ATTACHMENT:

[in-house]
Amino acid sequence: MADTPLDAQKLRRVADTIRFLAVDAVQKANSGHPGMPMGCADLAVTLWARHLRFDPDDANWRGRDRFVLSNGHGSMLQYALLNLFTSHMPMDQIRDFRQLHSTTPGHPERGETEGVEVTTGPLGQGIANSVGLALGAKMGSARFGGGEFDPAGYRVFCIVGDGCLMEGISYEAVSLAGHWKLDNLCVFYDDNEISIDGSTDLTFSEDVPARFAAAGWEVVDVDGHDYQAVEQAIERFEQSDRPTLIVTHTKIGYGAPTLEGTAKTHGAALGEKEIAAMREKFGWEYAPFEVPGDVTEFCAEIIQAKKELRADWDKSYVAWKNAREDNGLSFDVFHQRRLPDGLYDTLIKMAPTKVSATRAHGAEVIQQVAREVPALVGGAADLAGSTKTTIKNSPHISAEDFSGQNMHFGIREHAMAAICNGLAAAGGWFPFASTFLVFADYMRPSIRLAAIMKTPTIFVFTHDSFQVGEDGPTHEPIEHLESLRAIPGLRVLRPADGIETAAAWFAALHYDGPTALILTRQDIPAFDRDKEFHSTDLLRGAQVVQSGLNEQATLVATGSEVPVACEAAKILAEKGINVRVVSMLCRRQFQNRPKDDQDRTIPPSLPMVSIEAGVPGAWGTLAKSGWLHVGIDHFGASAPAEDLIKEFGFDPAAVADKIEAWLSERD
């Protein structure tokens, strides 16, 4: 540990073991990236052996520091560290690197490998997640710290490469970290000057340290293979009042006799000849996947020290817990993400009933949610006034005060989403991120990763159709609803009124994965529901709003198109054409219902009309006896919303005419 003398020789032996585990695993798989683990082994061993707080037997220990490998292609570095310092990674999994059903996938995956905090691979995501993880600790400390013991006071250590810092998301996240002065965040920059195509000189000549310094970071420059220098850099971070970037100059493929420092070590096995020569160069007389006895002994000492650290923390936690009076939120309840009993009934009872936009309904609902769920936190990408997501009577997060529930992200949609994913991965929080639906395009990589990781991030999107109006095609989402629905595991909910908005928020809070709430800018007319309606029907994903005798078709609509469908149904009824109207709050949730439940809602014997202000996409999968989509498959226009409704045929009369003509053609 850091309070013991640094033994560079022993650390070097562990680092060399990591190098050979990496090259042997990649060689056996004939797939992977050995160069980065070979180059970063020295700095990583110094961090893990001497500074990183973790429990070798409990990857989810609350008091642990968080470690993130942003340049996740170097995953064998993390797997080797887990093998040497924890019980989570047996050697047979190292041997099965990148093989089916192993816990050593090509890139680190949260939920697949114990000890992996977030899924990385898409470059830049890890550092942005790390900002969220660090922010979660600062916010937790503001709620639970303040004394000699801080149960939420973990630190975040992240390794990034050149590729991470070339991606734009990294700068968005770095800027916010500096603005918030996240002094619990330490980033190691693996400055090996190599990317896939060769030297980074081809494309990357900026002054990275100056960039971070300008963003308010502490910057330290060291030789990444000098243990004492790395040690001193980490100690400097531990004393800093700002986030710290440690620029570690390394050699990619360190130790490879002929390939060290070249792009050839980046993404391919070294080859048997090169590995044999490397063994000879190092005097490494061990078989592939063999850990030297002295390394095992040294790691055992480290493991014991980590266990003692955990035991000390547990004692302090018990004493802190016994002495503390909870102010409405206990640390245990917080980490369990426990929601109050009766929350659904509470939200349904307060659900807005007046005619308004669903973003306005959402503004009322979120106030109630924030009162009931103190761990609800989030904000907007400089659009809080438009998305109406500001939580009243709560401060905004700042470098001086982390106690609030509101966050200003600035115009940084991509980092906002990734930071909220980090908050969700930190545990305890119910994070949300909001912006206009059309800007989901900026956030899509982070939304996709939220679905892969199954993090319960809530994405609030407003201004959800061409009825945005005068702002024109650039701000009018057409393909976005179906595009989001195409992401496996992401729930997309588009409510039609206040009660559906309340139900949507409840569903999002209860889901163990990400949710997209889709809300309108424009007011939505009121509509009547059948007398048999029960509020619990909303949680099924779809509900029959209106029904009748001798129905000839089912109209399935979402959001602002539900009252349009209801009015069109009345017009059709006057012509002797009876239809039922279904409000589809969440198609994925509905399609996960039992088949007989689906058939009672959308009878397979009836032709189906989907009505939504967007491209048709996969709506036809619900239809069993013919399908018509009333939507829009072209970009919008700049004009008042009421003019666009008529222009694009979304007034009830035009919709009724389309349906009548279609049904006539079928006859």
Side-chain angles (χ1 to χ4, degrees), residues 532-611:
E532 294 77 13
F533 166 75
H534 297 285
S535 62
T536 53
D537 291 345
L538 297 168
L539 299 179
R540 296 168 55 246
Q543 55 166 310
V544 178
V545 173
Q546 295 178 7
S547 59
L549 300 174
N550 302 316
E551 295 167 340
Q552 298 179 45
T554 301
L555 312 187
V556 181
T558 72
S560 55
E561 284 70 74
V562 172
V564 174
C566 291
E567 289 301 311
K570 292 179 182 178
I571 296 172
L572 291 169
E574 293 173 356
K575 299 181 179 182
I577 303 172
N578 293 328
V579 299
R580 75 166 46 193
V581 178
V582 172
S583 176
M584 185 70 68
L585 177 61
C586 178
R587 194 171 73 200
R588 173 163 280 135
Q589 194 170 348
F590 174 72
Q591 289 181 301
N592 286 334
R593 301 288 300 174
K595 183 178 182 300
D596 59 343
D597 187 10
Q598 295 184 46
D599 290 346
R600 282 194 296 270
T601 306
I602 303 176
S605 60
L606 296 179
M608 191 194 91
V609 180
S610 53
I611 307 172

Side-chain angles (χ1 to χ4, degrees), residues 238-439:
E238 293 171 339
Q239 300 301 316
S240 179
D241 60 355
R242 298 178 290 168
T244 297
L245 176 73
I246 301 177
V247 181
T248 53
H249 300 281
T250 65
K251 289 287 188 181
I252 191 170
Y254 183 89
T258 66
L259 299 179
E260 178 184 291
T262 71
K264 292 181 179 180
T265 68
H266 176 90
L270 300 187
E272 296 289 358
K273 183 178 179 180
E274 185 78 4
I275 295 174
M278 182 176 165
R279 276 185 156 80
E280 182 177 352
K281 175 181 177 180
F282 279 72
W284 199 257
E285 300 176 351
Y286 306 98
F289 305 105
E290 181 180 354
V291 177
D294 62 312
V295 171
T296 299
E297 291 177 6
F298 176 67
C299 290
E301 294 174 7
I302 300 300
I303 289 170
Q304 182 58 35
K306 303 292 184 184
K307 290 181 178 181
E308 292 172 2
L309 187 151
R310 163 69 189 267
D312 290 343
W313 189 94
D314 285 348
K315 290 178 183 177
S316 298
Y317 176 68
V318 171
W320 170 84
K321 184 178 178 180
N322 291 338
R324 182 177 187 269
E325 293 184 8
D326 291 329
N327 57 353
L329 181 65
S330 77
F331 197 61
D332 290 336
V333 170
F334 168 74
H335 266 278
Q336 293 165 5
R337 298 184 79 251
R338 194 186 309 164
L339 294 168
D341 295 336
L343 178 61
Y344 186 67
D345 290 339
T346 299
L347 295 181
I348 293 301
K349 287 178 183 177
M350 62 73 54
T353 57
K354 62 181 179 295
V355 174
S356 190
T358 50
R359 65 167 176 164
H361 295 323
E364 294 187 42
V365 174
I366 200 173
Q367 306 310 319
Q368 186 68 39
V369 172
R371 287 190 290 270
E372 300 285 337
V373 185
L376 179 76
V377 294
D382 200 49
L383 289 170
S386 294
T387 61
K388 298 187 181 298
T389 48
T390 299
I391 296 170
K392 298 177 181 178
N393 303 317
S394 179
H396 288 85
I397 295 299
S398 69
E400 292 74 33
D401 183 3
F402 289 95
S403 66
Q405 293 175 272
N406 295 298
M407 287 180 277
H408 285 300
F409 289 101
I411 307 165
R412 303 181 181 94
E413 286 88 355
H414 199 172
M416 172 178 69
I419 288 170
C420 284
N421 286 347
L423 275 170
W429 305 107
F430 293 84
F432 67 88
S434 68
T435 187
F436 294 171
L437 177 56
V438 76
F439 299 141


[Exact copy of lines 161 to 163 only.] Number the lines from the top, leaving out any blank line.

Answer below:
T358 50
R359 65 167 176 164
H361 295 323